(Well, I'm a little worried about it, but only because Krugman's final sentence might, standing alone, hand fodder to those who have their cannons trained on "globalization." But what Paul Krugman has to say here is important enough that we should all internalize it, like "look both ways before you cross the street" or "that may not be a mushroom.")
First, there’s an especially strong tendency to mythologize the power of free trade. Not that open world markets are a bad thing; they’re definitely a force for good, especially for small, poor countries. But my experience is that the less somebody knows about international trade, the more likely he or she is to imagine that modest moves toward or away from protectionism will have huge effects. Trade economists, who have actually worked with the models, have a much less grandiose view.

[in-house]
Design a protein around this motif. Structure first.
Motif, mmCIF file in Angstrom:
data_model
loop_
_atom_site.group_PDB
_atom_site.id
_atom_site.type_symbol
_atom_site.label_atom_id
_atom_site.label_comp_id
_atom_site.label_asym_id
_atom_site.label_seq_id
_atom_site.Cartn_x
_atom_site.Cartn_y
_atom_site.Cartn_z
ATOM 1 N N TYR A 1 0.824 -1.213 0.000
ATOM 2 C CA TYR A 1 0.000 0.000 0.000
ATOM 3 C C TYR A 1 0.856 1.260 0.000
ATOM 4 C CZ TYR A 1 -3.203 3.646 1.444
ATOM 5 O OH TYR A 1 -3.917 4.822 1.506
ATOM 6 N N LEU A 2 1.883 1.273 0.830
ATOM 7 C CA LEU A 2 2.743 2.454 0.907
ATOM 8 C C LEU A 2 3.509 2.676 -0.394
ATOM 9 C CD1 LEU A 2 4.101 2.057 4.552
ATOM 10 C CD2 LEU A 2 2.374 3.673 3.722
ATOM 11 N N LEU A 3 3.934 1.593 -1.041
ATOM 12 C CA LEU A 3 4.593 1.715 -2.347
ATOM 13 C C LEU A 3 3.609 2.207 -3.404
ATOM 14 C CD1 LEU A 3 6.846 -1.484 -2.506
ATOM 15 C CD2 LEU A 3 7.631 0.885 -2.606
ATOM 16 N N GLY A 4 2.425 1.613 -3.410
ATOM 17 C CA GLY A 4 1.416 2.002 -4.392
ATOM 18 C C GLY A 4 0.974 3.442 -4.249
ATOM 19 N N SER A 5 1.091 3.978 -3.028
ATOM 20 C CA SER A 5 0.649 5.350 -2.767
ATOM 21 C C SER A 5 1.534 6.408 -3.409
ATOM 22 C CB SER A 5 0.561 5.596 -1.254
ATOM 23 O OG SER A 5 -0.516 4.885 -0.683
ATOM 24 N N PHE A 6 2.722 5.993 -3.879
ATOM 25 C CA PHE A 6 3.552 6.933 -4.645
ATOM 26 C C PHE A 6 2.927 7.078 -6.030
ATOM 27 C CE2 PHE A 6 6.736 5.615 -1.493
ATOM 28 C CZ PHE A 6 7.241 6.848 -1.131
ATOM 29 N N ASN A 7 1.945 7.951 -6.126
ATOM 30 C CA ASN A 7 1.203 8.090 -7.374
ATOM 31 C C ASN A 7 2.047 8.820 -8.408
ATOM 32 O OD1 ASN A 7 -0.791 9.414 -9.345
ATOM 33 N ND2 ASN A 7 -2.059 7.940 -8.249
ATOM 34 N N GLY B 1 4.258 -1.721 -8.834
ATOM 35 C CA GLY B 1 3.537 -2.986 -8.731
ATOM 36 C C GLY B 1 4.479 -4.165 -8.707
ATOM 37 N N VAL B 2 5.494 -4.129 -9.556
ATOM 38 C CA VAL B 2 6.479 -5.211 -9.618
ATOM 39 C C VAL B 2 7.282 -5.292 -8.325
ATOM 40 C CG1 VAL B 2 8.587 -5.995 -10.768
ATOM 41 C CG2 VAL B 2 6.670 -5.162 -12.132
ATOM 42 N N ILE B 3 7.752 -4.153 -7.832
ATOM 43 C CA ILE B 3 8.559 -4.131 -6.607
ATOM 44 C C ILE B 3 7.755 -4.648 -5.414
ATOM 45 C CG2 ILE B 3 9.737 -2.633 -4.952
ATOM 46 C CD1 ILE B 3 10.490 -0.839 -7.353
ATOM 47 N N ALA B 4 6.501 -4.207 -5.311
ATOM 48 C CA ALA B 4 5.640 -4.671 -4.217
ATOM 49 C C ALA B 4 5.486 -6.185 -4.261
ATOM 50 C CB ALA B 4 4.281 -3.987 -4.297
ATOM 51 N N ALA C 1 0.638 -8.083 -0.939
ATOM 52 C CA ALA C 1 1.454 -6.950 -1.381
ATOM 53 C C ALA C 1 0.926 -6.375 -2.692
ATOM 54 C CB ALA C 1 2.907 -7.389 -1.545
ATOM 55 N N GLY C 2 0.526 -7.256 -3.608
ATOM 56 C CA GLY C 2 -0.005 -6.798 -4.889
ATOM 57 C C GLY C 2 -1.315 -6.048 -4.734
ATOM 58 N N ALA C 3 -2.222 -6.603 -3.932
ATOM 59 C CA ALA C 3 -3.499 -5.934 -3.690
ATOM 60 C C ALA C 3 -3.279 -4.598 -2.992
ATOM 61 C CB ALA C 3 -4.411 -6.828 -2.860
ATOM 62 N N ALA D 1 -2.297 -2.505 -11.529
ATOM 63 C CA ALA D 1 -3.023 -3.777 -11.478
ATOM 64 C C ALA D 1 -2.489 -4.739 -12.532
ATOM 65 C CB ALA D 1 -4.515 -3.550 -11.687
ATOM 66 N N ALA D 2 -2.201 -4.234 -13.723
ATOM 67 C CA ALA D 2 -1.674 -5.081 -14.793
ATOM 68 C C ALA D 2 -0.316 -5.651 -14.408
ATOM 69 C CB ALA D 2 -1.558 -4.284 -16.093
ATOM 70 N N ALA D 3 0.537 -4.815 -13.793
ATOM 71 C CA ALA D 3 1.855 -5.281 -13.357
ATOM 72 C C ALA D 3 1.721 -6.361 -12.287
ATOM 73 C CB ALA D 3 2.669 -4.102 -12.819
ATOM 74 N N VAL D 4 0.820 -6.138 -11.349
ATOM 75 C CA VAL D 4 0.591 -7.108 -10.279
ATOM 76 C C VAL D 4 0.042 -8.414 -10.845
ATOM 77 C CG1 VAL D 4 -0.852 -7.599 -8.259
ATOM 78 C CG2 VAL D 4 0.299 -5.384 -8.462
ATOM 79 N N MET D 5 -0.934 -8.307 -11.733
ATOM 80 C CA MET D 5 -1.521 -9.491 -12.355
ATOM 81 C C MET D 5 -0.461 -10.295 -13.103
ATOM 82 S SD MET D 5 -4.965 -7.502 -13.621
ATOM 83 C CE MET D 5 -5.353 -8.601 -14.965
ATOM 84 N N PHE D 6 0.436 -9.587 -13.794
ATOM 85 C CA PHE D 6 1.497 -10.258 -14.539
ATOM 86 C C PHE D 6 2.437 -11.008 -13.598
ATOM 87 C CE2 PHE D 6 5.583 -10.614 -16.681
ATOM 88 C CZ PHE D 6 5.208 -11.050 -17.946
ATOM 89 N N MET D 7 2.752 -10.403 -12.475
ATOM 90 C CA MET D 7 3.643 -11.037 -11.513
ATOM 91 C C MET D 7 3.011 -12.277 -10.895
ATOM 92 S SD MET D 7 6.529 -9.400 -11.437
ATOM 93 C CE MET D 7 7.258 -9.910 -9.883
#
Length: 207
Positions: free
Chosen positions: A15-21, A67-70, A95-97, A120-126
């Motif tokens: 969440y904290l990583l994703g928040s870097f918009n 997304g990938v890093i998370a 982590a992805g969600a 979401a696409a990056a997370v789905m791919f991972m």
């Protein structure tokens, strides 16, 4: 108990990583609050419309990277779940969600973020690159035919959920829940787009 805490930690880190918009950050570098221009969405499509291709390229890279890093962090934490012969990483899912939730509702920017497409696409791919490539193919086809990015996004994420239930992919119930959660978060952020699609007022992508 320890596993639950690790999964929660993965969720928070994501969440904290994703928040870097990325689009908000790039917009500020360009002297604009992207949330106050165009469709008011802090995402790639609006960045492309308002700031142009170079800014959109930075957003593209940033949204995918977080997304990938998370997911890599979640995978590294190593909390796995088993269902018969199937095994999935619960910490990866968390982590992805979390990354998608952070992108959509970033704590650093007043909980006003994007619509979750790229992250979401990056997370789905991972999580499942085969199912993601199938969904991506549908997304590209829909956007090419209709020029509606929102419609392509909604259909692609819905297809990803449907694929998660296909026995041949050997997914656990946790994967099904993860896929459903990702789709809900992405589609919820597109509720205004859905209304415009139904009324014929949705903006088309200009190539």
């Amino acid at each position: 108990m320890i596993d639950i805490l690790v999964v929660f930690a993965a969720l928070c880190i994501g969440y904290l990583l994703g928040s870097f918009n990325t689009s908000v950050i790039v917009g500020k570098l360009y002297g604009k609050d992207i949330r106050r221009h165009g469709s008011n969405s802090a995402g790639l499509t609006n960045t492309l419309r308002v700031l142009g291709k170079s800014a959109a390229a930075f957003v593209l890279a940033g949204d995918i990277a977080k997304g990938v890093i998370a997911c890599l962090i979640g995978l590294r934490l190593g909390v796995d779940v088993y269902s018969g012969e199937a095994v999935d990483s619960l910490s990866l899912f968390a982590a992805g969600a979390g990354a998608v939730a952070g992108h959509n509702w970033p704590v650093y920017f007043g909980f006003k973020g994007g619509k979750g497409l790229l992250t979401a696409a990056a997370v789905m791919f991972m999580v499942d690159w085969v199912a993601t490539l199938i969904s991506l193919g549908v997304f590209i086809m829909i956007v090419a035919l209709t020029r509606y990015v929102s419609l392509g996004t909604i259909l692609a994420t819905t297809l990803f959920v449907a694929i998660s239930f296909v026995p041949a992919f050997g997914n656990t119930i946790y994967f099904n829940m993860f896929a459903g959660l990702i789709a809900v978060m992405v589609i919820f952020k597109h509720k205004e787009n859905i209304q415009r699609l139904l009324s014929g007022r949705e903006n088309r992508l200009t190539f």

Second, even to the extent that trade liberalization would raise the efficiency of the world economy, it is not, repeat not, a route to overall job creation. Yes, everyone would export more; they would also import more. There is no reason at all to assume that the jobs gained from export creation would exceed the jobs lost to import competition.
Globalization is not the answer to the Lesser Depression. ...Paul Krugman, NYT
How we can still have among us people who don't know much about international trade -- when that's what we're engaging in everytime we go to the supermarket, put gas in our cars, or get a new TV -- beats me. We are they; thems is us.